"Teaching the Controversy"
Okay, there are a few different things I've been wanting to make posts about; I've just been very busy. One of them...I'll try to get to tonight or tomorrow. But there's something I've been wondering that will make for a very brief post, so I may as well squeeze that one in now.
I was reminded of this idea by a post on Austin Atheist Anonymous, but it's something I'd actually wondered for a long time. I'm sure someone else has brought this up somewhere, but if so I haven't seen it--I'd be surprised if it hasn't come up at some point, because it seems like a pretty obvious concern to me. The thing is, there are all those creationist folk insisting that we ought to "teach the controversy", yammering that "Intelligent Design" deserves equal time in teaching with evolution.
My question is, what is there to teach?
Seriously. Leaving aside the matters that the scientific evidence is solidly in favor of evolution, and that "Intelligent Design" is nothing more than an untestable assertion to begin with--if schools did teach "Intelligent Design", what would they teach? Evolution has a whole lot of meat to it. There are all sorts of fascinating processes to discuss and details to explore. It's easily possible to teach a class entirely on evolution and only scratch the surface of all its implications, all the ways it's been manifest, and all we've learned from it.
But for Intelligent Design, it doesn't seem there's much more to it than "Maybe everything was made by an intelligent being." Once you've said that...what more is there to teach, really? Where are all the implications, the processes, the wonderful details that evolution provides so plentifully? What else is there to say?
I'm guessing an ID-ist might answer that one would teach all the evidence for Intelligent Design, and all the evidence that weighs in against evolution. Setting aside, again, the fact that all this "evidence" is either completely spurious or can easily be shown to have been misinterpreted, that still doesn't measure up to evolution. A class about evolution wouldn't even have to touch on the evidence at all. It could, and probably should, so the students understand why they're being taught what they're being taught...but there's lots and lots more to say about evolution. Evolution is a fantastically rich subject. If all you've got to say about Intelligent Design is why you believe it, then...well, it seems like a bit of an intellectual dead end, doesn't it?
Oh, but there is more to say about Intelligent Design, isn't there? I mean, look, we have the whole account in Genesis. We have all these details about how the Earth was created, in what order, and--oops. Wait. No we don't. Because, uh, Intelligent Design isn't about God, right? We can't specify the Designer. So teaching the Genesis account of creation should be right out. At least, that's what the ID-ists claim, that Intelligent Design is purely a scientific theory, that religion has nothing to do with it. We may doubt their sincerity on this issue. But if we take them at their word, this means we can't teach religious accounts of creation. And so, without any particular account of creation to teach...what's left? (Of course, it's pretty clear the ID-ists aren't sincere, and that if they did succeed in getting a vague sort of "Intelligent Design" into the classroom their next step would be to turn it to more specifically Christian concepts. But that's a point beyond the scope of the present discussion.)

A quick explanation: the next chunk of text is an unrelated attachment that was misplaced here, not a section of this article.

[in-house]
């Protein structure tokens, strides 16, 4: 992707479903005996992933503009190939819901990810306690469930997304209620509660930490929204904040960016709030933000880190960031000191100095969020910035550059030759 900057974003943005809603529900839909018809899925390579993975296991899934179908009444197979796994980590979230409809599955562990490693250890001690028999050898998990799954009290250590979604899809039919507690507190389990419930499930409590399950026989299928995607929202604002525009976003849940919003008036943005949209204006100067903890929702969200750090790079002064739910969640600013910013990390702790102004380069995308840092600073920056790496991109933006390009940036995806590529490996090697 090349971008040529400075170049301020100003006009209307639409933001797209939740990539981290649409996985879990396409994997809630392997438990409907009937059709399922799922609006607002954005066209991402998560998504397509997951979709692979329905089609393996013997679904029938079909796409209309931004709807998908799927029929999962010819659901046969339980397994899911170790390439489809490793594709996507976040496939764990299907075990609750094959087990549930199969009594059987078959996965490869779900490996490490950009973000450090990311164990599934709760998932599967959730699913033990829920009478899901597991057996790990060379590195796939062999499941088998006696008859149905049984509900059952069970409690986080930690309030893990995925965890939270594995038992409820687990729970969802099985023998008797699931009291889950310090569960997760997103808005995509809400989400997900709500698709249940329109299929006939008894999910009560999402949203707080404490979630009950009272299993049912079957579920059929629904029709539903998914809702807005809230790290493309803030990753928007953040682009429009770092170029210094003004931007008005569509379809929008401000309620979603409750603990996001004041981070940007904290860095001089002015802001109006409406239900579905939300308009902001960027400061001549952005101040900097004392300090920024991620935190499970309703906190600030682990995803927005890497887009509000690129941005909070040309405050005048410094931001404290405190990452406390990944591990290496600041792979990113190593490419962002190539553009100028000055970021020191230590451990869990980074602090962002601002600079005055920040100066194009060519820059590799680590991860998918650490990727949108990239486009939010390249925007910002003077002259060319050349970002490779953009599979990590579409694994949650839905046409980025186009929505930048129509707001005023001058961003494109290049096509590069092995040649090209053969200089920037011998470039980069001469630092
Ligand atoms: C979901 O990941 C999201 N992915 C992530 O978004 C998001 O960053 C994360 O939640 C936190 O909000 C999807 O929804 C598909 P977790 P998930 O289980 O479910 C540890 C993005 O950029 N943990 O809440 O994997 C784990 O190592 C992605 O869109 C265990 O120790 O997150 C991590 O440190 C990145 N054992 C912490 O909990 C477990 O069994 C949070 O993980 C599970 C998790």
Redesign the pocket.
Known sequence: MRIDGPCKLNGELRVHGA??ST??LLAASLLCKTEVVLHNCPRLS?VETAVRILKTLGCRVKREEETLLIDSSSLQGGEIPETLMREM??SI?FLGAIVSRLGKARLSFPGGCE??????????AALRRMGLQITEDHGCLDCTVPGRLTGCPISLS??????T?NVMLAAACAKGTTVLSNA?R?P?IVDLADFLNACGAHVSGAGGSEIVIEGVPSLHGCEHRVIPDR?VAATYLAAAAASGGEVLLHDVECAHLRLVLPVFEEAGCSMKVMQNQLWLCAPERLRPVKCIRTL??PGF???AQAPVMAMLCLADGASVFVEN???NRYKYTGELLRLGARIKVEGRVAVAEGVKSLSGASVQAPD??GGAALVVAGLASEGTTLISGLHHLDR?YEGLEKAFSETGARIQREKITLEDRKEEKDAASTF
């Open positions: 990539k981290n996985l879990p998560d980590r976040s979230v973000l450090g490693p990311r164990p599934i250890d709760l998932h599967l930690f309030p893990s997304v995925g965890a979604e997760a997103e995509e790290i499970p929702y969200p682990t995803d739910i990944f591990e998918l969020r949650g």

Okay, I guess maybe there's a little more one could say about Intelligent Design. We could talk about the specific ways in which different things have been specifically designed for human use. But, well, isn't that just speculation as to the mind of the Designer? In fact, don't we have to make some assumptions about the Designer in the first place to talk about this? Like, for example, the idea that he would be designing things for humanity in particular in the first place? Hey, J.B.S. Haldane famously said that his studies had shown him that the Creator, if He exists, has "an inordinate fondness for beetles"--maybe we'd be better off looking at ways in which everything has been specifically designed for the convenience of beetles, rather than of man. If we're assuming the Designer is interested in the well-being of humanity, doesn't that get into specifying the attributes of the Designer? And isn't that something we're not supposed to be doing? Even setting that aside, though, after all, it seems that this sort of discussion would ultimately boil down to just a list of things in nature that are handy for humanity--that doesn't seem likely to have much potential for real scientific depth and value.
So. Even if Intelligent Design did have as much evidence behind it as evolution (which, to put it mildly, it doesn't), it's hard to see how any attempt to give it equal time in teaching would work out. The fact is, there's just nothing there to teach. Once you've stated the premise of Intelligent Design...there's nothing left to discuss.
Unless, of course, you want to start leaving aside the pretense that it's not about religion, and explicitly bring the Christian God into it. But that would make it a little hard (well, harder than it already is) to pretend it's really a scientific theory, wouldn't it?